Sue Berghoff was in exceptionally good health and good spirits, looking forward to retirement and her “golden years.” She had worked hard, built a successful career, raised a family, and served her community. Sue and her husband had earned the right to kick back and enjoy the fruits of their labors. That all changed the day Sue’s doctor called to say that she had Lewy Body Dementia, a diagnosis that upended her life.
LBD is a progressive and fatal disease that attacks regions of the brain that control language, executive functions, spatial and temporal awareness, mobility, and sleep. It is the second most prevalent form of dementia behind Alzheimer’s, yet few people know about it. Currently there is no cure.
After a brief period of grieving, Sue decided to use her diagnosis as a tool to raise awareness, support services, and research funding to find a cure for LBD. Her commitment and determination are an inspiration to others to join in her journey.
This film captures Sue’s recollection of early signs that something was wrong, her struggle to get a diagnosis, coming to terms with LBD, her husband’s steps to become an effective caregiver, and the birth of a mission. SUE’S STORY was created because Sue wants to shed light on dementia, remove its stigma, spark conversations, and bring about change so others with LBD can live with dignity and hope.
As writer, co-director and producer of this documentary I am humbled by Sue and her husband Chuck for their vision, courage, generosity and indomitable spirit.
Directed by Robin Shepherd and L. Mattock Scariot
Produced by Robin Shepherd
Camera by Nils Myers and L. Mattock Scariot
Additional Camera by Michael Raby
Editing by Nils Myers
Music by Elena Maro
Graphic Design by Tan Huynh
This short documentary film examines one of the greatest challenges of our time: the rise of dementia in a world unprepared to deal with it. The film takes viewers on a journey with Sue Berghoff, whose own struggle with Lewy Body Dementia fuels her determination to bring about change so that others with dementia can live with purpose, dignity and hope. Sue’s story is intertwined with the voices of medical and healthcare experts who talk about the challenges and what must be done to bring about change. For patients and their caregivers as well as healthcare professionals and students, SUE’S STORY offers a clear perspective on a little-known yet prevalent and fatal form of dementia.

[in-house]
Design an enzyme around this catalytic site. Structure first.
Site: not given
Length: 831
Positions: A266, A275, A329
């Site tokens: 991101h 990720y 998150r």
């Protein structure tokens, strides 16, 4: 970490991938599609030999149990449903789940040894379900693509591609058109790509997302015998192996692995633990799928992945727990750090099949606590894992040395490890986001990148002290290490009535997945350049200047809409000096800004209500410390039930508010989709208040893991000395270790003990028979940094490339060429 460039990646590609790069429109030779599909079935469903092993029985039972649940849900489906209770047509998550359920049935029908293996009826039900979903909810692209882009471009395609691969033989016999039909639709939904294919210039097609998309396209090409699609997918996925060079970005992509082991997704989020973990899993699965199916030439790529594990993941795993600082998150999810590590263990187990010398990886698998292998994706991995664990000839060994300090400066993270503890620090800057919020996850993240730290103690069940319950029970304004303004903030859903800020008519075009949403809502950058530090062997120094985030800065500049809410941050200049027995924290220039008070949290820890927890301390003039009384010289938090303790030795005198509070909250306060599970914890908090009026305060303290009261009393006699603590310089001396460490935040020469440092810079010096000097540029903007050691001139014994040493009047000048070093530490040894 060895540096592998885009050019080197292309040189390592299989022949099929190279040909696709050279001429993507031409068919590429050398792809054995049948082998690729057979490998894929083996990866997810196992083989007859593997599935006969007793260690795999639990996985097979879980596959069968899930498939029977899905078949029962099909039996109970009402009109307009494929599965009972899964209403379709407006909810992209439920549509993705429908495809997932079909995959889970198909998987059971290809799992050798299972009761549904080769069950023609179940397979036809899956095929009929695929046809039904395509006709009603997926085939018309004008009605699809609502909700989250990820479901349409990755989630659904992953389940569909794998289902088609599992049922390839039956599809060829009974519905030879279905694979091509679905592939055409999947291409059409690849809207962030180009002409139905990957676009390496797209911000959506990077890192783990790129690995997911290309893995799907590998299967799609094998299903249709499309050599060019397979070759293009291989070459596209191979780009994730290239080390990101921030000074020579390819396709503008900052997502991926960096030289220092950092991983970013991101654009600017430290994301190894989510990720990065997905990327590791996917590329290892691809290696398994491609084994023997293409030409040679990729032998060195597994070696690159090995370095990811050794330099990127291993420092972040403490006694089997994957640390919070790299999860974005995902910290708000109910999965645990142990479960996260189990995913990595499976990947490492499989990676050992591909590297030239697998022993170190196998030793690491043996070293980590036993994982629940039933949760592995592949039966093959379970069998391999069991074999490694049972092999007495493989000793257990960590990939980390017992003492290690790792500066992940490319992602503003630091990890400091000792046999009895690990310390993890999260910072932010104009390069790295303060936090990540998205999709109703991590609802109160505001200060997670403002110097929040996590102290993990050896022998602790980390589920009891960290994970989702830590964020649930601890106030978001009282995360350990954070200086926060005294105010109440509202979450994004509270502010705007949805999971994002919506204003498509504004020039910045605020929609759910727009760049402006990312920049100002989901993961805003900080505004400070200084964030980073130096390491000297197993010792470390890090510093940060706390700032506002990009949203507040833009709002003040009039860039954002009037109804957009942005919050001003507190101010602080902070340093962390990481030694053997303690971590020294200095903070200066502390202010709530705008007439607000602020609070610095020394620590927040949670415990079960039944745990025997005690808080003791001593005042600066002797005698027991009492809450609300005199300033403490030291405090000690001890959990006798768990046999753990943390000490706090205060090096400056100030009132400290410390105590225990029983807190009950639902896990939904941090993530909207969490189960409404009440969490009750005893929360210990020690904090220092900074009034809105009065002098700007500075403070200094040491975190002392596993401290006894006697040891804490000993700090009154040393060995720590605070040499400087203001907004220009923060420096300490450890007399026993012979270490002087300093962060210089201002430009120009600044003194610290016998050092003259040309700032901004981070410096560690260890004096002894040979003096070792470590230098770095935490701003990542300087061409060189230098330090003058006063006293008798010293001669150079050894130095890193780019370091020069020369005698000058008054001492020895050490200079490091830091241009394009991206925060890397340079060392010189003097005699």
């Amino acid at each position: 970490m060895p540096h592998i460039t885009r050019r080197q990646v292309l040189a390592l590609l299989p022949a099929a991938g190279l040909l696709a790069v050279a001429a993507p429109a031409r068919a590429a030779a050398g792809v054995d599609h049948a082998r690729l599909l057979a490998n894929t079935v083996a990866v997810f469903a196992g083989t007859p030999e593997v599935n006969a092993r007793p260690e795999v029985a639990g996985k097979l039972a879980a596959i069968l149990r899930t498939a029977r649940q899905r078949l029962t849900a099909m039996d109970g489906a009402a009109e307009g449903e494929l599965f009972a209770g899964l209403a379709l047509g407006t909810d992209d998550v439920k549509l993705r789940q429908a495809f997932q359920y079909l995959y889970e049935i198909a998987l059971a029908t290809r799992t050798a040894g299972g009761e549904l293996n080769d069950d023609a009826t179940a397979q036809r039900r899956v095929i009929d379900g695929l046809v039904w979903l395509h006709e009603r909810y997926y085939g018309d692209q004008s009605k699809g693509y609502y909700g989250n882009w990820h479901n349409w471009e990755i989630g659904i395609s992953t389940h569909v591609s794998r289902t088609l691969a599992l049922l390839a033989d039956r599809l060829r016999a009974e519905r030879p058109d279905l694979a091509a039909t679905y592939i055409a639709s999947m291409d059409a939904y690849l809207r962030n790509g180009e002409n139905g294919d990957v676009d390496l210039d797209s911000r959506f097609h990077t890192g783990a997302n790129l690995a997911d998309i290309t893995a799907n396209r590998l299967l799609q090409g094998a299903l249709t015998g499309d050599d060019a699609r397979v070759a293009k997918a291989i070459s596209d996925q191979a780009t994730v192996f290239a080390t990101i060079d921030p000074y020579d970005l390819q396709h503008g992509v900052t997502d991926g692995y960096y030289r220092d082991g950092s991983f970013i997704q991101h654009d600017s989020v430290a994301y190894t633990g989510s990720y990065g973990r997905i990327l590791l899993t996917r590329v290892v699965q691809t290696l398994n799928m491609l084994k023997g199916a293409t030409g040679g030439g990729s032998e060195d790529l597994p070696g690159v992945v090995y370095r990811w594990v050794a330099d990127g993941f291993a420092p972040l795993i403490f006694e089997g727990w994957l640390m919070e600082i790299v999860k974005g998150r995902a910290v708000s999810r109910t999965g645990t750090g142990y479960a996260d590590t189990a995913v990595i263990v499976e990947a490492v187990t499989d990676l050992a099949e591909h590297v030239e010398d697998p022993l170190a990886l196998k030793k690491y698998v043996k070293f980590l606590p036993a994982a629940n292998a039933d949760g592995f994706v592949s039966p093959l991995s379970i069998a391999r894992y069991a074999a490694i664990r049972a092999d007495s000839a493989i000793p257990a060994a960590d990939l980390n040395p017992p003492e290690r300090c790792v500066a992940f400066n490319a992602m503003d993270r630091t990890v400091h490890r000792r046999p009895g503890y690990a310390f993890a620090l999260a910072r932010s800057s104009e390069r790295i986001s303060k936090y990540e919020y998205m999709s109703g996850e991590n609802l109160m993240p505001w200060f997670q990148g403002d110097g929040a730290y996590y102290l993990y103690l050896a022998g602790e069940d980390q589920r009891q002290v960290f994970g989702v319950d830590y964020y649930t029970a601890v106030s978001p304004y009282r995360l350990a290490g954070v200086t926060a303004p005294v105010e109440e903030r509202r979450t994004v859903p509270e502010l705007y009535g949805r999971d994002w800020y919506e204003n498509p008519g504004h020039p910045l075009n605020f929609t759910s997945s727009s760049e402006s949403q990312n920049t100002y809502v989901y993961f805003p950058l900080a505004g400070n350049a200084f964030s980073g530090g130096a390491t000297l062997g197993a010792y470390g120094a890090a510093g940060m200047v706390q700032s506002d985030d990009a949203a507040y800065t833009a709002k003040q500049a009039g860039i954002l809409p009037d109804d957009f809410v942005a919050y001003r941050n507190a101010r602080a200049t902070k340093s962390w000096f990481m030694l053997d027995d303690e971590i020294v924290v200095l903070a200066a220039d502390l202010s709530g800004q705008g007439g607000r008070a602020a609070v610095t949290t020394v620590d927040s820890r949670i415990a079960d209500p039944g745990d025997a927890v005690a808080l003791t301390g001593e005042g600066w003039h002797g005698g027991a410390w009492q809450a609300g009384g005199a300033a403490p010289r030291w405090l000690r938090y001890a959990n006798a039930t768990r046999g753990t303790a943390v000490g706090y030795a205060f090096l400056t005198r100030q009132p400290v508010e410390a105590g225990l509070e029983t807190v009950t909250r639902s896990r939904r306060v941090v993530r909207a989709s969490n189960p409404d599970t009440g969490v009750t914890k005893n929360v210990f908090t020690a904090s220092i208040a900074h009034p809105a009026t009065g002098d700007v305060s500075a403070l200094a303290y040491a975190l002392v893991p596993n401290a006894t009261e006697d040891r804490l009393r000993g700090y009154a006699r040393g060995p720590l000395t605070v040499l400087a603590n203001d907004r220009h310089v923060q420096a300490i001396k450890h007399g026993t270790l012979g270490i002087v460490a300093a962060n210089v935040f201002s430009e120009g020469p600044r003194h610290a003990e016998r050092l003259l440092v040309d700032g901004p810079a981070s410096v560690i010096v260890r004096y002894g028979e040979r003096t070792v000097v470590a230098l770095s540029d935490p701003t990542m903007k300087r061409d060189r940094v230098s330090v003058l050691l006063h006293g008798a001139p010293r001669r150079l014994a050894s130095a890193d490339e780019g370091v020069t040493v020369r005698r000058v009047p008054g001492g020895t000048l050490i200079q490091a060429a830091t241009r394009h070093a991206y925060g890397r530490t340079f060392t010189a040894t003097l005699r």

Written and co-directed by Robin Shepherd with L. Mattock Scariot. Filmed and edited by Nils Myers and L. Mattock Scariot. Produced by Robin Shepherd.
Vision & Mission
We envision a world in which people with Lewy Body Dementia can live with purpose, dignity and hope until a cure is found. Our mission is to increase awareness, support services, and research funding to find a cure for this fatal neurodegenerative disease.
We have captured Sue Berghoff’s journey with Lewy Body Dementia (LBD) in SUE’S STORY, a documentary film, so that others may benefit from her experience.
With our first screenings of SUE’S STORY we’ve seen its power to spark public discourse and inspire social change in the form of:
- Greater awareness and understanding of LBD, less stigma associated with dementia
- R&D funding targeting LBD
- Sustainable community-based support services for families living with LBD
Impact & Engagement